Oriental Brushes

(Excerpts from ART HARDWARE: The Definitive Guide to Artists’ Materials, by Steven Saitzyk © 1987)

In the west, a brush is considered simply a tool for self-expression; it needs little character of its own. A brush should also be multipurpose-the “vegematic” approach to brush selection-so one or two brushes fulfill all needs. In the East, however, there is a tradition of treating artists’ materials as friends, rather than as slaves to artistic expression. Artwork is a cooperative process that involves the unique characteristics of the tool as well as those of the artist. The belief is that no single brush does everything well, and to have true versatility several styles of brushes are needed. Thus it is common to find many different shapes and styles of Oriental brushes.

The actual selection of a brush is based on the calligrapher’s aesthetic attitude and choice of technique. There are two major types of aesthetic attitudes. The first proposes that calligraphy involves producing readable characters and that their appearance should follow traditional laws, or rules, of writing. This point of view is similar to the Western notion of fine penmanship. In the East, this attitude is referred to as the Old Style, or Chinese style, of calligraphy, and the selection of the right brush for the correct form is critical. The second, and more modern, attitude is more concerned with the state of mind and the aesthetic appearance of the characters than with readability. The emphasis here might be more on the ink or the paper than on the brush that is used. This style is referred to as the Japanese style, even though both styles are commonly used in Japan.

Technique is the other major determining factor in choosing a brush. In Japan, there are four techniques, or styles, of writing. Jofuku, which means “dip once,” is a style where the brush is dipped only once and narrow lines are produced. Part of the idea is to finish before the ink runs out, as well as to do the stroke without hesitation. Of all the Japanese calligraphic styles, this one is most easily applied to Western watercolor techniques.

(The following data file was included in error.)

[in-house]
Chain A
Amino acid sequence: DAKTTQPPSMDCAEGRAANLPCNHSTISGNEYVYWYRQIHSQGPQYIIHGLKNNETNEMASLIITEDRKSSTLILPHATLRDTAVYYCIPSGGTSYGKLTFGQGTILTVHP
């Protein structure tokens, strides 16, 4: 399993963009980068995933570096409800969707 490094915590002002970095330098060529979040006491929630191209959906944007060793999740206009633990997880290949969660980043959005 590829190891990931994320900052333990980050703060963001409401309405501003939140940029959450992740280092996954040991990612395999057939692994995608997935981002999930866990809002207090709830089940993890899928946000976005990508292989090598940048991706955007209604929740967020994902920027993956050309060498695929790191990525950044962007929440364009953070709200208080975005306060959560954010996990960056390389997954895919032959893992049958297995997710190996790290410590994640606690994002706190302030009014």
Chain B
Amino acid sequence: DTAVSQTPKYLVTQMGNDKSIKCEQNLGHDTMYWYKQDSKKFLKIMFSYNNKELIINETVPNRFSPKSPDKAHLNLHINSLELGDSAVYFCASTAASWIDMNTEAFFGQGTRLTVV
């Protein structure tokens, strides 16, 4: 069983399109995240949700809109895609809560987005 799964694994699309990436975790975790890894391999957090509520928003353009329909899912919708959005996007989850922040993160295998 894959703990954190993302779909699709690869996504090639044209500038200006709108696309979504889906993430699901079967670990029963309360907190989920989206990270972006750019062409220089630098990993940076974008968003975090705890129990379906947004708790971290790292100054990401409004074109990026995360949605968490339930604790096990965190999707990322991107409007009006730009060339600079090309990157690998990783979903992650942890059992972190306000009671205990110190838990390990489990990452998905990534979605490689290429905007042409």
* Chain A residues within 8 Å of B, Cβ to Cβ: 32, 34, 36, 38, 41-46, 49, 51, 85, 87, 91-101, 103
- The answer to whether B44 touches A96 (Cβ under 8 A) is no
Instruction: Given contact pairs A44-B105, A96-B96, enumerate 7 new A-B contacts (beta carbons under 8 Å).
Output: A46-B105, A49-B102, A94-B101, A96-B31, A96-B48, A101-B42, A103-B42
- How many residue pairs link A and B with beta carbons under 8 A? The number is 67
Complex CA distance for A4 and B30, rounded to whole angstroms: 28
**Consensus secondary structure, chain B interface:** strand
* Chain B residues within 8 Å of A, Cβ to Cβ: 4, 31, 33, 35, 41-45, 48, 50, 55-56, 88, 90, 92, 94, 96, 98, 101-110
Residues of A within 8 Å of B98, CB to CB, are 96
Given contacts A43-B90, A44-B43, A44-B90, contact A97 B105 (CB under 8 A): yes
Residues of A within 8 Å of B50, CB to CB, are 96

Cultural differences affect not only style and attitude but also the composition of the brushes themselves. Chinese brushes, for example, are often composed of just one type of animal hair: weasel, rabbit, or goat. While the Chinese do not differentiate between brushes that are used for calligraphy and those used for painting, the Japanese do make a clear distinction between the brushes intended for each purpose. Japanese brushes may contain one or more types of hair selected from horse, badger, sheep, goat, deer, cat, and, in some cases, weasel. Hair such as horsetail, badger, deer (from the animal’s back), and weasel are selected for their firmness and are commonly used as the central core in building a brush. The softer hairs-sheep, goat, cat, and deer (from the inner arch)-are selected for absorbency and are often wrapped around the firmer central core. The softer and more absorbent hairs have a great inclination to stay together when wet. When used as the outer wrap, they tend to bind together the less absorbent firmer hairs of the core and give the brush more control. Brushes that are made primarily of coarse dark hairs such as horsetail are left partially starched, up to one-third the length of the hairs near the ferrule, to give added control, and only the first half of the brush is actually used.

Oriental brushes are heavily starched to protect them until they are purchased. Before use, the starch should be removed by washing the brush in room-temperature water until the working length of the brush is fully loosened. The softer brushes, particularly the painting brushes, are always fully loosened.

A particular style of brush may have several names. One name given to the brush may, for example, be taken from the family who originally made that style of brush. It might be a poetic description, or simply a listing of the composition of the brush. In some cases, no name is used. Since names cannot be relied upon, it is important to understand both the intended function and the composition of an Oriental brush to make a proper selection. Irmight be helpful, however, to know that the Japanese have five descriptive terms that they use to distinguish the general appearance of round brushes. Flat brushes, as opposed to round brushes, are all lumped into one category and called hake.

The first category of round brushes is choho, which means “long tip” in relation to the diameter of the handle. The Japanese use this type of brush in the jofuku style. The Chinese have a version of this brush in which the hair can be up to one-third the total length of the brush. This type of brush is commonly used in the Zen style of painting, which resembles the jofuku style of calligraphy.